The EU referendum has been the hot topic since the start of the year, with a plethora of commentary, news pages and debates from both sides.
As the 23 June vote date has neared, the rhetoric from both the Remain and the Leave camps has grown increasingly more headline-grabbing and, at times, desperate. With warnings of world wars, GDP plummeting, the UK financial services sector crumbling and a mass departure of companies, the “In” campaign has certainly caught the attention of voters.
But what does the referendum actually mean for end investors’ portfolios? There’s no doubt that sterling has borne the brunt of the uncertainty leading up to the vote, with it now being viewed as undervalued by a large number of investors.
“Waiting on the sidelines may not be the worst thing to do.”
However, it seems that investors are holding back on moving into the markets in the lead-up to the vote. The recent Bank of America Merrill Lynch fund manager survey showed that investments into UK equities had fallen to a seven-year low, to levels not seen since the financial crisis. What’s more cash levels have risen. Property sales, both commercial and residential, have also stagnated, according to estate agent reports.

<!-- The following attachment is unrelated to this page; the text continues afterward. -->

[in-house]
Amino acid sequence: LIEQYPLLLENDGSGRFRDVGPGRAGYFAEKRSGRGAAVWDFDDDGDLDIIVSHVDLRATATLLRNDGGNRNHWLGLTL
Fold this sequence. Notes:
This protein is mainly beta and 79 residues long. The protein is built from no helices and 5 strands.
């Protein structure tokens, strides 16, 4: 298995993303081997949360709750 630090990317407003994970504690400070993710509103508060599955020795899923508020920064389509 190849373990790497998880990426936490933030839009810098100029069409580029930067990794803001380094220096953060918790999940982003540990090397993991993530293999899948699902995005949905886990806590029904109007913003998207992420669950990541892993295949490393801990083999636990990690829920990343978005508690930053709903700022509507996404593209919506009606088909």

Waiting on the sidelines may not be the worst thing to do. So many elements of the EU referendum are unknown, not just the binary outcome itself, but also the implications of a vote either way.
One fund manager recently told me he had been looking, perhaps frantically, for the ideal play on Brexit, a long-short position that would work in either outcome. But it doesn’t exist, he says.
Instead, managers say a well-diversified portfolio, allocating to nimble managers that are alert to opportunities in either outcome are all investors need. That and a steely nerve to ride out the uncertainty.